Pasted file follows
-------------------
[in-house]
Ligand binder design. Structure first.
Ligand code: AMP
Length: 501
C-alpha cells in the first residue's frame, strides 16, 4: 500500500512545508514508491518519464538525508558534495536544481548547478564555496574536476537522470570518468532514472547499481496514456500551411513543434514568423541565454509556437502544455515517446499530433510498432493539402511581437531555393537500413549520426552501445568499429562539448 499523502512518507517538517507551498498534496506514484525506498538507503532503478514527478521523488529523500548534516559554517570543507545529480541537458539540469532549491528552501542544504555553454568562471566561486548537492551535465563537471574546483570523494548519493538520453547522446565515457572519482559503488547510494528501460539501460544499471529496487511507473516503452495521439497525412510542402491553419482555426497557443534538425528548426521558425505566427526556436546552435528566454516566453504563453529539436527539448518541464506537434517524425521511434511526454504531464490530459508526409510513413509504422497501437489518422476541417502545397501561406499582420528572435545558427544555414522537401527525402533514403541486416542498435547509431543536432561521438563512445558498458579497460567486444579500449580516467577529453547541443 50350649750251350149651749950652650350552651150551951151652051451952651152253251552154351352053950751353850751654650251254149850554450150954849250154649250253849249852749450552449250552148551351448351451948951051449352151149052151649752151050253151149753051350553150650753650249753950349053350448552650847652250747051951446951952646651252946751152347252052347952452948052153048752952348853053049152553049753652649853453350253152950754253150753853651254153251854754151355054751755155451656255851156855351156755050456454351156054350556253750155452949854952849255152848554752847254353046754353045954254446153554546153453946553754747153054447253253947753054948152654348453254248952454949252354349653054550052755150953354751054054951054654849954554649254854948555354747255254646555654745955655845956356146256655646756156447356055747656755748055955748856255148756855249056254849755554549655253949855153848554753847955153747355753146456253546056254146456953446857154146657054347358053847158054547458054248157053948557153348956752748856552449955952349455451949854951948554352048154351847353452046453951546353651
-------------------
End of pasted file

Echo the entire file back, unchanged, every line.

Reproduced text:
[in-house]
Ligand binder design. Structure first.
Ligand code: AMP
Length: 501
C-alpha cells in the first residue's frame, strides 16, 4: 500500500512545508514508491518519464538525508558534495536544481548547478564555496574536476537522470570518468532514472547499481496514456500551411513543434514568423541565454509556437502544455515517446499530433510498432493539402511581437531555393537500413549520426552501445568499429562539448 499523502512518507517538517507551498498534496506514484525506498538507503532503478514527478521523488529523500548534516559554517570543507545529480541537458539540469532549491528552501542544504555553454568562471566561486548537492551535465563537471574546483570523494548519493538520453547522446565515457572519482559503488547510494528501460539501460544499471529496487511507473516503452495521439497525412510542402491553419482555426497557443534538425528548426521558425505566427526556436546552435528566454516566453504563453529539436527539448518541464506537434517524425521511434511526454504531464490530459508526409510513413509504422497501437489518422476541417502545397501561406499582420528572435545558427544555414522537401527525402533514403541486416542498435547509431543536432561521438563512445558498458579497460567486444579500449580516467577529453547541443 50350649750251350149651749950652650350552651150551951151652051451952651152253251552154351352053950751353850751654650251254149850554450150954849250154649250253849249852749450552449250552148551351448351451948951051449352151149052151649752151050253151149753051350553150650753650249753950349053350448552650847652250747051951446951952646651252946751152347252052347952452948052153048752952348853053049152553049753652649853453350253152950754253150753853651254153251854754151355054751755155451656255851156855351156755050456454351156054350556253750155452949854952849255152848554752847254353046754353045954254446153554546153453946553754747153054447253253947753054948152654348453254248952454949252354349653054550052755150953354751054054951054654849954554649254854948555354747255254646555654745955655845956356146256655646756156447356055747656755748055955748856255148756855249056254849755554549655253949855153848554753847955153747355753146456253546056254146456953446857154146657054347358053847158054547458054248157053948557153348956752748856552449955952349455451949854951948554352048154351847353452046453951546353651